Day 23 - Asheville - North Carolina
Trip Start Oct 13, 2012
38Trip End Nov 19, 2012
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OK so we didn't really have any dueling banjos, but we did listen to Dolly singing about the Great Smoky Mountains along the way, so that must count for something :)
Despite 5 feet of snow falling on the mountains a couple of days ago our coach driver still tackled the winding road to take us up and over the Appalachian Mountains through Great Smoky Mountains National Park, it was beautiful views the whole way.
This is Cherokee area, who called the mountains "shaconage" which means "blue, like smoke".
During the 1790s white settlement began in the lowlands (North Carolina) but as farmland became scarce they pulled themselves and their wagons up and over the 5200 feet summit (1585 metres), Newfound Gap, to settle on lowlands of the other side (Tennessee)
At Newfound Gap you can, if you choose, join the Appalachian trial, a 2174 mile (3498 km) long walking track that covers the whole of the Appalachian mountains. I did not choose, seeing the summit was just fine for me :)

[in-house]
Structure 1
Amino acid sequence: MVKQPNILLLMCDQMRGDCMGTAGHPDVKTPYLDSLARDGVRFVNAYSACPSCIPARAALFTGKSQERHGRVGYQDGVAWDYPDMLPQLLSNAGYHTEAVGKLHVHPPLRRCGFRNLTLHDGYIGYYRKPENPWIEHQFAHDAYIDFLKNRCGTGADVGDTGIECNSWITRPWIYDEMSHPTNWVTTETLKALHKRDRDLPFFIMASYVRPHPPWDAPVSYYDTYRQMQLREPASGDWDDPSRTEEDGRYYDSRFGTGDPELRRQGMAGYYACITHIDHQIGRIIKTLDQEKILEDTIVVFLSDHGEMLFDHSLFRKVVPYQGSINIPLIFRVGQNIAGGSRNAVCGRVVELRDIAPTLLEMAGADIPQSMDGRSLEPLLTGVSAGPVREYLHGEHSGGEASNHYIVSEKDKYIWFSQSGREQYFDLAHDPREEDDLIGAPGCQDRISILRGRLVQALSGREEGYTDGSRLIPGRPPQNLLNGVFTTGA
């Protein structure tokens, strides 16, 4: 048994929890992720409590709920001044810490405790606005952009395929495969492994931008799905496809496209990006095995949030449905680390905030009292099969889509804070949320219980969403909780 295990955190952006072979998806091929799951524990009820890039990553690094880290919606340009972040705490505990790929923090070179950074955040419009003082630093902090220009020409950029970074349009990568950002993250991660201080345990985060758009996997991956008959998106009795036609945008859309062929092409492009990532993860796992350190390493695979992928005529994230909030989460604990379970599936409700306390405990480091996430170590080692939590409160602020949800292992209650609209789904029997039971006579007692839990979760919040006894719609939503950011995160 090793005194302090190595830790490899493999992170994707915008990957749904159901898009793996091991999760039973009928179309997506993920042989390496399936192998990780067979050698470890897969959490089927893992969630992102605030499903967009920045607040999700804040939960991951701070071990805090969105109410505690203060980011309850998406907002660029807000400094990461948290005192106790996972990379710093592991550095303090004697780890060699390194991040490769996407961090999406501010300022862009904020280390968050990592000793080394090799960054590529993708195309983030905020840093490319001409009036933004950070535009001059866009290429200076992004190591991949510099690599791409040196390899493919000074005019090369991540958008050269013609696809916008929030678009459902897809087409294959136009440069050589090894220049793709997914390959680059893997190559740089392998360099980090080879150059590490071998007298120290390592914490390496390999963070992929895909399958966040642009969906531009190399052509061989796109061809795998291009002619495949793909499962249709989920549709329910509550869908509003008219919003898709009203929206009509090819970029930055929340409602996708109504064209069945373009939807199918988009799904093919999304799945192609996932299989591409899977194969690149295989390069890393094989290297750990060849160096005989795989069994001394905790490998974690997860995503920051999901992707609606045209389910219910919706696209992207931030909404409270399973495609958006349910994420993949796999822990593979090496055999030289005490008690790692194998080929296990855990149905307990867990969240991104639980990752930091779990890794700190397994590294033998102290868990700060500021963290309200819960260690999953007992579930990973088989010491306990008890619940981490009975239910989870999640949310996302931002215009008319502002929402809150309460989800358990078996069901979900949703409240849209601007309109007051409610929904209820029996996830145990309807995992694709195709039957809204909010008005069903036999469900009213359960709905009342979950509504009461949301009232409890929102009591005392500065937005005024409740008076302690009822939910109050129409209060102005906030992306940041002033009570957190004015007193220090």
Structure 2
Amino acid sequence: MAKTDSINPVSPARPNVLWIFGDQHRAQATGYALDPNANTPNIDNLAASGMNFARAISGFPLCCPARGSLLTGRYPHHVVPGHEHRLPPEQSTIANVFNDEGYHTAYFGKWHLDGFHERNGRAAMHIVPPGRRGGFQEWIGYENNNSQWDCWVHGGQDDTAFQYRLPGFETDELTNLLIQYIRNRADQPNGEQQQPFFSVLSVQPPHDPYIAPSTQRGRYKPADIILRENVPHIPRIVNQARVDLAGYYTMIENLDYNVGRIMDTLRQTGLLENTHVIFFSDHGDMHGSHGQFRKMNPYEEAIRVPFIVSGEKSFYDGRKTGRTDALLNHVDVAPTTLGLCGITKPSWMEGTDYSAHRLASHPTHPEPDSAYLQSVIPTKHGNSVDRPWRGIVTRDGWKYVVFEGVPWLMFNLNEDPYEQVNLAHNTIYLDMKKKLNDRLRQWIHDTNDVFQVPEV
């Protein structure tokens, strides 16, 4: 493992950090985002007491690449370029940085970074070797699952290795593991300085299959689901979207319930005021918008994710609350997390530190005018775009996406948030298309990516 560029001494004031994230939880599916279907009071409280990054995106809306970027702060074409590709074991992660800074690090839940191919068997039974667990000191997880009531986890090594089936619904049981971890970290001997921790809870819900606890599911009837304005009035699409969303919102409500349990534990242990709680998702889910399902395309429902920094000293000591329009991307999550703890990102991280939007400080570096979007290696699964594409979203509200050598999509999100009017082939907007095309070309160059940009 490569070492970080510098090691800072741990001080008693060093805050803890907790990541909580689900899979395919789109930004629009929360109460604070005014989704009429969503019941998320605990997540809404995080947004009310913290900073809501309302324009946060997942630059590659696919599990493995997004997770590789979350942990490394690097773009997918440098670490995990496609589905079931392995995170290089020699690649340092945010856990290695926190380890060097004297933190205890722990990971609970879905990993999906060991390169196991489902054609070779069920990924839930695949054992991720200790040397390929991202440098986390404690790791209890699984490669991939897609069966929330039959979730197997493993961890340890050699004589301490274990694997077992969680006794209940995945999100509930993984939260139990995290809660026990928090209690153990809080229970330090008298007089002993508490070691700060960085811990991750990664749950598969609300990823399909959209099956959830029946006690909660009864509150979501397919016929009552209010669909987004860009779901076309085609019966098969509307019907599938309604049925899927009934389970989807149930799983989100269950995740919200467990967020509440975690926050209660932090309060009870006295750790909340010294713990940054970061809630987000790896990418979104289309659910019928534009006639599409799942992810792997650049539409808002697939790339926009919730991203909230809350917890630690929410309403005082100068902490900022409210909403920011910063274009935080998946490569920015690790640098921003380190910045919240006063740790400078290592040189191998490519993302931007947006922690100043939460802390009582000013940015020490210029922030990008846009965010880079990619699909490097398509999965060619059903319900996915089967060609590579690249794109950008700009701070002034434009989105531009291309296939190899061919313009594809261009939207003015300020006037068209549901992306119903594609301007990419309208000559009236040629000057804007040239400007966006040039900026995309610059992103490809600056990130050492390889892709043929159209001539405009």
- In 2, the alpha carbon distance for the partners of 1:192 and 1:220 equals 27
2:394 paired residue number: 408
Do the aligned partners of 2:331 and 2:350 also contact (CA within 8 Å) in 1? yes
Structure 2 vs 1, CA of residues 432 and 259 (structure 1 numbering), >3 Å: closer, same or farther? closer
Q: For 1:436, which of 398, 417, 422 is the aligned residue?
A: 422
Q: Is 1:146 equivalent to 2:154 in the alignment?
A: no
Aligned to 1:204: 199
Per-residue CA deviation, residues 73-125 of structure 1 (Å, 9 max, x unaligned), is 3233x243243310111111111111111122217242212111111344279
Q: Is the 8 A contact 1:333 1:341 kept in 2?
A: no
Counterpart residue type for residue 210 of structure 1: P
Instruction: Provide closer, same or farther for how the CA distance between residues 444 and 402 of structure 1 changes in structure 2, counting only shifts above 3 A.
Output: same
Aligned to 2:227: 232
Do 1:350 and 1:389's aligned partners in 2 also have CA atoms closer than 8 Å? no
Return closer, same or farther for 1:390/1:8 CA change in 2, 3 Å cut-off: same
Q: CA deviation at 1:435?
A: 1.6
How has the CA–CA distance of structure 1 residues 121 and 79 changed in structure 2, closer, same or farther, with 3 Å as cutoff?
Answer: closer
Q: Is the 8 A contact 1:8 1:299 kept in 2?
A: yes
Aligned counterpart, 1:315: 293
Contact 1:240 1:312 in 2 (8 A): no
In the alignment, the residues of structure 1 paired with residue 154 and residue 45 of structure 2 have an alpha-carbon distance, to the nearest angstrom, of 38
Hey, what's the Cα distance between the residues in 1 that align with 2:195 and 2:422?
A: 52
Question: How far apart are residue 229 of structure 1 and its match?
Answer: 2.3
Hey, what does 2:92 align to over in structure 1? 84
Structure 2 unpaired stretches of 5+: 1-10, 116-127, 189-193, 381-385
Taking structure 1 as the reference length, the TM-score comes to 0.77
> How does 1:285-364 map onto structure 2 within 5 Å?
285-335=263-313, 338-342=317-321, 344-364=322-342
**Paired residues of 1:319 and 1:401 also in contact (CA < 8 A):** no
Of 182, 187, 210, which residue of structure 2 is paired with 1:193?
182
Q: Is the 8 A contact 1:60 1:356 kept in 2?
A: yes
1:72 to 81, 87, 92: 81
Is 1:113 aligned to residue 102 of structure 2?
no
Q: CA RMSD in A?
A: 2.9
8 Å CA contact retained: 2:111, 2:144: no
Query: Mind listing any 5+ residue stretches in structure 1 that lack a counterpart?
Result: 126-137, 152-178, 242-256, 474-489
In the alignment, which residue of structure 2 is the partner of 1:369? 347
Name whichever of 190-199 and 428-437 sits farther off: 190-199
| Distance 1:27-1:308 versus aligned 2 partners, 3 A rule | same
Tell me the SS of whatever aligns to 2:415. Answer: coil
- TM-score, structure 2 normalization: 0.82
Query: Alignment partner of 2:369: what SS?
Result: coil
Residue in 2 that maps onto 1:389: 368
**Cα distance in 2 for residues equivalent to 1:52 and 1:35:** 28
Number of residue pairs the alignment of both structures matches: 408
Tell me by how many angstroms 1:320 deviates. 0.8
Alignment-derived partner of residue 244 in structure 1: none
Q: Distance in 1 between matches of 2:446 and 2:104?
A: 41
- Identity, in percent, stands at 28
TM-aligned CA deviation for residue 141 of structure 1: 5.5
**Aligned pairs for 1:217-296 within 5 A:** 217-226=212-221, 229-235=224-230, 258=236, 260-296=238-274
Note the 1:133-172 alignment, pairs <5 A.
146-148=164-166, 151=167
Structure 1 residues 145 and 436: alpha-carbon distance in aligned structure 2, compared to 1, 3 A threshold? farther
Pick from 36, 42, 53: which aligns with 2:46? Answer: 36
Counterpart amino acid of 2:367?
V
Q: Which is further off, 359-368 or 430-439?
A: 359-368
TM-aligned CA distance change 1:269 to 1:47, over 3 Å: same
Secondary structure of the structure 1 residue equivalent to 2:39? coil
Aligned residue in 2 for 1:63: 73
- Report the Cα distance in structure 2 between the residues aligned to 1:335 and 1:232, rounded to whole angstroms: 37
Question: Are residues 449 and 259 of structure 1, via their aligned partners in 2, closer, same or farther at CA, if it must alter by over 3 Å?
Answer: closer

Once over the mountains and in North Carolina it was off to Asheville to visit Biltmore House. This is the most visited house in the USA. It was built in 1895 by rail tycoon George W Biltmore, and it is luxurious. Not short of a penny he hired architects and landscapers to make sure every corner of his house and grounds were beautiful and complete with the most modern conveniences.
Inside the house there was everything you could think of, a library containing 23,000 books in every language (George was smart as well as rich and is reported to be able to read in 9 different languages), large and stunning formal dining rooms, a myriad of exquisitely decorated guest rooms (they loved to party), 43 bathrooms, over 60 fireplaces, a 70,000 gallon (265,000) indoor heated swimming pool with underwater lights, a bowling alley, a gymnasium, a bachelor's quarters complete with gun room and smoking room, and so much more, you name it, it had it
Outside the house are stunningly manicured gardens and pathways to long gardens walks through forests and trees all designed and landscaped by Frederick Olmsted, who was also responsible for designing New York's Central Park.
It is one very beautiful home.
The estate also has its own winery so we stopped in there for a tour. Alright I'll tell the truth, the winery tour was to include a tasting at the end and it was running a bit behind. We only had a limited amount of time before we had to head back to our bus so myself and one of the other lovely ladies in our group decided to heck with the tour and headed straight to the tasting room. 45 minutes later the rest of our group appeared at the bus breathless from rushing the tour and not really getting a chance to do much tasting, whilst the sweet Miss J and I had taken our time to taste half a dozen of the estate wines. Culture and education be damned, bring on the free samples I say. I think we made the better choice ;)